How important is writing in your course?
When Edgar Roberts taught literature and composition, a large part of his courses involved essay-writing assignments. He dedicated a substantial amount of his class time to explaining how students should prepare their writing assignments. He discovered that the more he described to his students what he wanted, and the more time he spent explaining things, the better the final essays turned out to be. There was a direct correlation between the way he made his assignments and the quality of student work he received.
Professor Roberts started to hand out directions to his students, saving him valuable classroom and preparation time. Over the years, he tested each assignment in his own classes. To meet the needs of the literature and composition course, Professor Roberts seamlessly integrated writing-about-literature instruction with a comprehensive literature anthology. The result is the book you hold in your hands.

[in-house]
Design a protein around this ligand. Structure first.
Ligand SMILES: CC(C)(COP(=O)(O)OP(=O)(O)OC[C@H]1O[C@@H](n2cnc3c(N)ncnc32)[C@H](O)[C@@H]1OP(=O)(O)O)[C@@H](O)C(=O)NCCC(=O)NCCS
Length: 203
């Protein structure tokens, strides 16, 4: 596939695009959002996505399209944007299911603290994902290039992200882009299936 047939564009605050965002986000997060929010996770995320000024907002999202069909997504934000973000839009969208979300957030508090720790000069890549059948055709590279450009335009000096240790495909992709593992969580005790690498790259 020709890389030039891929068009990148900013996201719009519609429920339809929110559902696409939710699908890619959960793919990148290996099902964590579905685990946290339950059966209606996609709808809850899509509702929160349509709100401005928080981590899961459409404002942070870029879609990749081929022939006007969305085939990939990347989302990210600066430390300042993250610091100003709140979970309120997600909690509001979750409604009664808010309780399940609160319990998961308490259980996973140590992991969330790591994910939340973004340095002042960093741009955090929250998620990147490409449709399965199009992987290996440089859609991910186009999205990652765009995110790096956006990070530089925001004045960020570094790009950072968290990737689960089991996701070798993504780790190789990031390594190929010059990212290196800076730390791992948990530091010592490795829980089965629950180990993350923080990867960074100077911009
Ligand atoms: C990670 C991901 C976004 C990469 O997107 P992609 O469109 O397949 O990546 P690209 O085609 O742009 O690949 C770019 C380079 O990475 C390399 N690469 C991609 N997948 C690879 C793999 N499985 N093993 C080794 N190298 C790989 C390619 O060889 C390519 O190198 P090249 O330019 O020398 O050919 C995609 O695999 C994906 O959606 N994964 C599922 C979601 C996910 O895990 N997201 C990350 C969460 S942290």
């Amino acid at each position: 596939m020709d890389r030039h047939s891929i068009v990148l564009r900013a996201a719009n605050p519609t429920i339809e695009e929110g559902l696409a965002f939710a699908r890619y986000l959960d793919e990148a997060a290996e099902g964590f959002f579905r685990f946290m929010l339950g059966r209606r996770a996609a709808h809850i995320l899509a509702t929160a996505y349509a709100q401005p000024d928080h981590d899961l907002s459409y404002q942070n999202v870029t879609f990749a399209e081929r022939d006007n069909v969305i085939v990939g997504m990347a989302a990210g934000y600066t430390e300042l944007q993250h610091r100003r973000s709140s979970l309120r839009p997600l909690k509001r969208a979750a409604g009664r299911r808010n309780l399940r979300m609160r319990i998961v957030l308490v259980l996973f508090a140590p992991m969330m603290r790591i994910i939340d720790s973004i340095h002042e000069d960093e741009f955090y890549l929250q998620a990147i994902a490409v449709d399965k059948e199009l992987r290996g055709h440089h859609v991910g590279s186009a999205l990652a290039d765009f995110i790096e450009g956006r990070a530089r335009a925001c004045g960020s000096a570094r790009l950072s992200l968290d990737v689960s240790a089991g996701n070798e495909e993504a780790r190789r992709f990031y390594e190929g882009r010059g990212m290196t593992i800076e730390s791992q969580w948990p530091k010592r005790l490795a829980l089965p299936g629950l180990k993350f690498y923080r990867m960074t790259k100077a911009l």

Literature: An Introduction to Reading and Writing is founded on the principles of writing about literature. It is not an afterthought and it is not treated as a separate chapter or appendix; but rather, it is the carefully integrated philosophy of Professor Roberts’ approach to teaching literature and composition.
Also available in a briefer paperback version.
Literature: An Introduction to Reading and Writing, Compact Third Edition
(c) 2006 1648 pp.